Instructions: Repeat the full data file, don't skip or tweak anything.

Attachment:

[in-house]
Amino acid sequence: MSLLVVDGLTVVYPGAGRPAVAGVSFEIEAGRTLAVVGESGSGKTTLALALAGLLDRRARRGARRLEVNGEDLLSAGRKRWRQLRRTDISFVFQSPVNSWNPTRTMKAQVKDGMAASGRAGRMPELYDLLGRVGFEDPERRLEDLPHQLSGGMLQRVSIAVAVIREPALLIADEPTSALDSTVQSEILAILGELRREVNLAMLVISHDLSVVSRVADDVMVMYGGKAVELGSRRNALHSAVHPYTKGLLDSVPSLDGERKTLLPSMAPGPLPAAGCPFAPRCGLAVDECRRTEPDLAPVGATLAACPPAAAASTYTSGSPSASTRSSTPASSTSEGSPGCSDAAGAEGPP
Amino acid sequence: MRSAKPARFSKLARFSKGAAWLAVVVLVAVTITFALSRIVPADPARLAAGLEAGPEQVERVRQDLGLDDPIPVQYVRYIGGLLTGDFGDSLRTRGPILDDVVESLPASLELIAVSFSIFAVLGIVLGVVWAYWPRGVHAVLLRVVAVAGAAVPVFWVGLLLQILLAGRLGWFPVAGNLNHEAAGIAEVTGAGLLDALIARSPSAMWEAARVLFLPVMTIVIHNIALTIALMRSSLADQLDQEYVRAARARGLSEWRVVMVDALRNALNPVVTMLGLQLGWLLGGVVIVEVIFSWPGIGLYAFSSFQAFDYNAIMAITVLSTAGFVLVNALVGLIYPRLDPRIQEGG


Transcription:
[in-house]
Amino acid sequence: MSLLVVDGLTVVYPGAGRPAVAGVSFEIEAGRTLAVVGESGSGKTTLALALAGLLDRRARRGARRLEVNGEDLLSAGRKRWRQLRRTDISFVFQSPVNSWNPTRTMKAQVKDGMAASGRAGRMPELYDLLGRVGFEDPERRLEDLPHQLSGGMLQRVSIAVAVIREPALLIADEPTSALDSTVQSEILAILGELRREVNLAMLVISHDLSVVSRVADDVMVMYGGKAVELGSRRNALHSAVHPYTKGLLDSVPSLDGERKTLLPSMAPGPLPAAGCPFAPRCGLAVDECRRTEPDLAPVGATLAACPPAAAASTYTSGSPSASTRSSTPASSTSEGSPGCSDAAGAEGPP
Amino acid sequence: MRSAKPARFSKLARFSKGAAWLAVVVLVAVTITFALSRIVPADPARLAAGLEAGPEQVERVRQDLGLDDPIPVQYVRYIGGLLTGDFGDSLRTRGPILDDVVESLPASLELIAVSFSIFAVLGIVLGVVWAYWPRGVHAVLLRVVAVAGAAVPVFWVGLLLQILLAGRLGWFPVAGNLNHEAAGIAEVTGAGLLDALIARSPSAMWEAARVLFLPVMTIVIHNIALTIALMRSSLADQLDQEYVRAARARGLSEWRVVMVDALRNALNPVVTMLGLQLGWLLGGVVIVEVIFSWPGIGLYAFSSFQAFDYNAIMAITVLSTAGFVLVNALVGLIYPRLDPRIQEGG